Yesterday, Nicki highlighted Newt Gingrich’s WSJ piece on how Obamacare could stunt the best aspect of the U.S. medical system:  our leadership in medical innovation.  There’s another point that I think is worth exploring further. 

Gingrinch writes that it is arbitrary when Adminstration officials suggest that spending 17% of GDP on health care is “too much” and that private individuals should be free to spend whatever they want on health care.

I remember having a conversation about this topic when I was a grad student at Harvard’s Kennedy School of Government.  In an econ class, we were discussing entitlement reform and I was making the case that we need to do something to arrest runaway entitlement spending, such as Medicare, which was threatening to gobble up a growing portion of our GDP.  My professor asked what exactly I thought was a better use of GDP than spending on health care? 

It’s an important point:  as our economy grows and we have more and more money and resources, it is perfectly sensible that we would spend a larger share of that wealth on health.  After all, people can only consume so much stuff — at some point, many are going to decide that they have big enough houses, don’t need another car or more clothes, and will spend more on health and things like education.  That’s a perfectly sensible calculation.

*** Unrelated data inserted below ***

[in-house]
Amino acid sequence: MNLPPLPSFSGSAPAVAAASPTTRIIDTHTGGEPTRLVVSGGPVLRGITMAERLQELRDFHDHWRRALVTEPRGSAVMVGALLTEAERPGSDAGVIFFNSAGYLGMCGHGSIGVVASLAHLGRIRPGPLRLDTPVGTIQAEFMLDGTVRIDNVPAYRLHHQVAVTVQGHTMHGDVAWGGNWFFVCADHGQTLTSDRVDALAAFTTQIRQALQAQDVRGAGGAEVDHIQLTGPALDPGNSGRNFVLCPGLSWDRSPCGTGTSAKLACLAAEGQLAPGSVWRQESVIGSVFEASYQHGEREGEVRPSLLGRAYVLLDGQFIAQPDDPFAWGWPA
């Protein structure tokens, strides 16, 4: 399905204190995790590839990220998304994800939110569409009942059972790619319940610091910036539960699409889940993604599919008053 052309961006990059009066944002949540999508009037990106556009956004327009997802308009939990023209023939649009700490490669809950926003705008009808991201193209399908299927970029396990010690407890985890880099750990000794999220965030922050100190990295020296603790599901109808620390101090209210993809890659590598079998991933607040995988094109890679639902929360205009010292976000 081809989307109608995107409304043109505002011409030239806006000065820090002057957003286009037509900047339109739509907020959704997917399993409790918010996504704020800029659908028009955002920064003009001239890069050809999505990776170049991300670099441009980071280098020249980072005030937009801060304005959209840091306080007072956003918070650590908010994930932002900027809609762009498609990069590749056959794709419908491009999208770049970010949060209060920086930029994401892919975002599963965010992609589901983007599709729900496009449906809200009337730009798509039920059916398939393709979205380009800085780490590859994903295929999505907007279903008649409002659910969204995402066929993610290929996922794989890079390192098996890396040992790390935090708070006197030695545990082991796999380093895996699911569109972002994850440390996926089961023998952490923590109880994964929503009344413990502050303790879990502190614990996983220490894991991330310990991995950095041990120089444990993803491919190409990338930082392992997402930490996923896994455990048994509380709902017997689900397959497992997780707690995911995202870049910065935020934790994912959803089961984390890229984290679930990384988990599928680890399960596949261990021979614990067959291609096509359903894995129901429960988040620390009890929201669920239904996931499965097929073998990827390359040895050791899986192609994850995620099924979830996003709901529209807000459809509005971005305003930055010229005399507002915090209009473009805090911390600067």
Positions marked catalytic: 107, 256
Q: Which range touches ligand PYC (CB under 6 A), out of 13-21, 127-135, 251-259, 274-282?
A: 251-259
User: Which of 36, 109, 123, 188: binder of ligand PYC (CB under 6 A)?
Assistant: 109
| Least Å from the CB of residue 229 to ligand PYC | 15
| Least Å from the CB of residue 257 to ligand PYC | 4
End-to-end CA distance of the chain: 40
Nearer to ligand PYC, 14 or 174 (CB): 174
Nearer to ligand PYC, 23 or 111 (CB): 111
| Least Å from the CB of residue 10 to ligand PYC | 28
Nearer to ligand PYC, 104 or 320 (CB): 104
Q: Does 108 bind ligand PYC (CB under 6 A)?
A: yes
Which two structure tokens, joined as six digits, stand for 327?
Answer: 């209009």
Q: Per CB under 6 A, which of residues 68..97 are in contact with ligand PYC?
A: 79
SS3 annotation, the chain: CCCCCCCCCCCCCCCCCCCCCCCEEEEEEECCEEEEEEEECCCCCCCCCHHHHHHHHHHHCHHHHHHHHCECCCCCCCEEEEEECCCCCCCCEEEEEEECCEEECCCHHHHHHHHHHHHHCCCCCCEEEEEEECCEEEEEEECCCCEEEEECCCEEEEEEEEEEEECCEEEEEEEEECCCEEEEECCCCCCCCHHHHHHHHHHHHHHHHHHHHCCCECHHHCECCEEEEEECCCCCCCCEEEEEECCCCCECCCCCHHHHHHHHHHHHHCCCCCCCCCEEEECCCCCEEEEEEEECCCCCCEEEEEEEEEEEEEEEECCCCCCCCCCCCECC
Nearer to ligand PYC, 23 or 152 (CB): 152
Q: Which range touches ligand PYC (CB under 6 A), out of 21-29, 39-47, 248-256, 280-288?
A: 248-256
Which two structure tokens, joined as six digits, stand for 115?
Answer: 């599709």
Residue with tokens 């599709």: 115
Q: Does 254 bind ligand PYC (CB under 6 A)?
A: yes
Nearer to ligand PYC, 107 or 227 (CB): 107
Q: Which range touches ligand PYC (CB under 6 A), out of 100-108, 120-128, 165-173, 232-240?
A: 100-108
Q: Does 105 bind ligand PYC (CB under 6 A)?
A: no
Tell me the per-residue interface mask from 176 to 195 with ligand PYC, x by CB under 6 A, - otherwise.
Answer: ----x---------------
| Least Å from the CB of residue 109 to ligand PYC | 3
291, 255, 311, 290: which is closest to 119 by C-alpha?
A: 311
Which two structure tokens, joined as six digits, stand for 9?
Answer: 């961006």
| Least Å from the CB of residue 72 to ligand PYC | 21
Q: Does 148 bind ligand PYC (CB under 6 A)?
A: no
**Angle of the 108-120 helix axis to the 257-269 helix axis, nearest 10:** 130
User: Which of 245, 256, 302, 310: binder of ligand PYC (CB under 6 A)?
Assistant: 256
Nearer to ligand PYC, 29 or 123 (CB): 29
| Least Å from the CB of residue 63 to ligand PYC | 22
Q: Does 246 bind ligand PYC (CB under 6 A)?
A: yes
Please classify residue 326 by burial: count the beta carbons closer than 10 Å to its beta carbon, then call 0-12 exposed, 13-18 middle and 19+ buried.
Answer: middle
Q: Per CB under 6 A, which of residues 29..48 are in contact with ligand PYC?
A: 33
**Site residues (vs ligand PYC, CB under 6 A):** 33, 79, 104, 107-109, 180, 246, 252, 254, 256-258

Of course, that doesn’t mean that we shouldn’t be concerned about government’s budget, our deficits, and the inefficiencies and waste in programs like Medicare and Medicaid.  Indeed, it’s a problem to think of having half of the federal government’s budget on autopilot, going directly to support a few entitlement programs.  After all, the federal government has actual responsibilities, like providing for the national defense.  We need the government to have the flexbility to respond to an unforseen future crisis, and entitlement programs and other spending can tie policymakers’ hands. 

But we shouldn’t assume that a chart projecting that, during this century, a growing potion of GDP will go to health care is necessarily a bad thing.